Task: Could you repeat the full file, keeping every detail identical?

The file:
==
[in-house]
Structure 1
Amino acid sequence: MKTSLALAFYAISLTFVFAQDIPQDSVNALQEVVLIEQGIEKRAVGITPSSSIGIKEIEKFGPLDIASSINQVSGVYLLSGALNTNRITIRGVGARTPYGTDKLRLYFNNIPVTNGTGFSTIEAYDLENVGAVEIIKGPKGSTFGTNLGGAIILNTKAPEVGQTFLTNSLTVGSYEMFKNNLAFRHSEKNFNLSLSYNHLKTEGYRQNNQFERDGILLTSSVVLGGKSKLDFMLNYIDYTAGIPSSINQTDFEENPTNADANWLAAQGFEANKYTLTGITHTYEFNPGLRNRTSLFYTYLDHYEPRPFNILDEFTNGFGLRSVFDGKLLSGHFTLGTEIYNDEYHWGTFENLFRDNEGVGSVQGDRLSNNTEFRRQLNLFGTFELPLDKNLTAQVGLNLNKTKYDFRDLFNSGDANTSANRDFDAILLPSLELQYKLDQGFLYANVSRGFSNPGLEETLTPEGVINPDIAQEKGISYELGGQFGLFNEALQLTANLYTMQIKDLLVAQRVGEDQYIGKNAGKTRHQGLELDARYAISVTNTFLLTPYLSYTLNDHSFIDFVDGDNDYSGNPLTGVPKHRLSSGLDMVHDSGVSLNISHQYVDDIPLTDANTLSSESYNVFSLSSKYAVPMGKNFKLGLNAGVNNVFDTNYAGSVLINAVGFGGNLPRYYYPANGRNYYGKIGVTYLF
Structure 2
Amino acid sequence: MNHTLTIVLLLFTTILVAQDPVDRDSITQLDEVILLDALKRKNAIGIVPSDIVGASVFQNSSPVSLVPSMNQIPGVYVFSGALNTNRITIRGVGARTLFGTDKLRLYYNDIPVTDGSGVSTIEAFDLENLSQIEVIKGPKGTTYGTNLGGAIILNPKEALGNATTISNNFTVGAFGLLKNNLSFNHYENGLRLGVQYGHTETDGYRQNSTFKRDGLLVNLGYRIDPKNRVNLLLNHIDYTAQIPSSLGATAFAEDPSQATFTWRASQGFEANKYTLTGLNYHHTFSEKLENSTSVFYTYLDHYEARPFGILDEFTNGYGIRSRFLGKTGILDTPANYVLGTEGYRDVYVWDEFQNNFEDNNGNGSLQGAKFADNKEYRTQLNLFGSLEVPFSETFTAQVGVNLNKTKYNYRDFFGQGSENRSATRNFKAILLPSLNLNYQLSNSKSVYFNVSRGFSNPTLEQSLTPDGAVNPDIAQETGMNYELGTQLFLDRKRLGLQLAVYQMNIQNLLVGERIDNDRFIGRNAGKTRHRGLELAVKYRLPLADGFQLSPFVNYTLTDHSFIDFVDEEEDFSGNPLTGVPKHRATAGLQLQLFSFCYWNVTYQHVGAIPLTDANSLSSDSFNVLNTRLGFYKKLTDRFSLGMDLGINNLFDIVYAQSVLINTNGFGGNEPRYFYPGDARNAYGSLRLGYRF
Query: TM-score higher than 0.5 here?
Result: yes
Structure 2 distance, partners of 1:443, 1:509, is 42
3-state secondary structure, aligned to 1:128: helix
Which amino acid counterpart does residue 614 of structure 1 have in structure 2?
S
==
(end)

[in-house]
Structure 1
Amino acid sequence: MKTSLALAFYAISLTFVFAQDIPQDSVNALQEVVLIEQGIEKRAVGITPSSSIGIKEIEKFGPLDIASSINQVSGVYLLSGALNTNRITIRGVGARTPYGTDKLRLYFNNIPVTNGTGFSTIEAYDLENVGAVEIIKGPKGSTFGTNLGGAIILNTKAPEVGQTFLTNSLTVGSYEMFKNNLAFRHSEKNFNLSLSYNHLKTEGYRQNNQFERDGILLTSSVVLGGKSKLDFMLNYIDYTAGIPSSINQTDFEENPTNADANWLAAQGFEANKYTLTGITHTYEFNPGLRNRTSLFYTYLDHYEPRPFNILDEFTNGFGLRSVFDGKLLSGHFTLGTEIYNDEYHWGTFENLFRDNEGVGSVQGDRLSNNTEFRRQLNLFGTFELPLDKNLTAQVGLNLNKTKYDFRDLFNSGDANTSANRDFDAILLPSLELQYKLDQGFLYANVSRGFSNPGLEETLTPEGVINPDIAQEKGISYELGGQFGLFNEALQLTANLYTMQIKDLLVAQRVGEDQYIGKNAGKTRHQGLELDARYAISVTNTFLLTPYLSYTLNDHSFIDFVDGDNDYSGNPLTGVPKHRLSSGLDMVHDSGVSLNISHQYVDDIPLTDANTLSSESYNVFSLSSKYAVPMGKNFKLGLNAGVNNVFDTNYAGSVLINAVGFGGNLPRYYYPANGRNYYGKIGVTYLF
Structure 2
Amino acid sequence: MNHTLTIVLLLFTTILVAQDPVDRDSITQLDEVILLDALKRKNAIGIVPSDIVGASVFQNSSPVSLVPSMNQIPGVYVFSGALNTNRITIRGVGARTLFGTDKLRLYYNDIPVTDGSGVSTIEAFDLENLSQIEVIKGPKGTTYGTNLGGAIILNPKEALGNATTISNNFTVGAFGLLKNNLSFNHYENGLRLGVQYGHTETDGYRQNSTFKRDGLLVNLGYRIDPKNRVNLLLNHIDYTAQIPSSLGATAFAEDPSQATFTWRASQGFEANKYTLTGLNYHHTFSEKLENSTSVFYTYLDHYEARPFGILDEFTNGYGIRSRFLGKTGILDTPANYVLGTEGYRDVYVWDEFQNNFEDNNGNGSLQGAKFADNKEYRTQLNLFGSLEVPFSETFTAQVGVNLNKTKYNYRDFFGQGSENRSATRNFKAILLPSLNLNYQLSNSKSVYFNVSRGFSNPTLEQSLTPDGAVNPDIAQETGMNYELGTQLFLDRKRLGLQLAVYQMNIQNLLVGERIDNDRFIGRNAGKTRHRGLELAVKYRLPLADGFQLSPFVNYTLTDHSFIDFVDEEEDFSGNPLTGVPKHRATAGLQLQLFSFCYWNVTYQHVGAIPLTDANSLSSDSFNVLNTRLGFYKKLTDRFSLGMDLGINNLFDIVYAQSVLINTNGFGGNEPRYFYPGDARNAYGSLRLGYRF
Query: TM-score higher than 0.5 here?
Result: yes
Structure 2 distance, partners of 1:443, 1:509, is 42
3-state secondary structure, aligned to 1:128: helix
Which amino acid counterpart does residue 614 of structure 1 have in structure 2?
S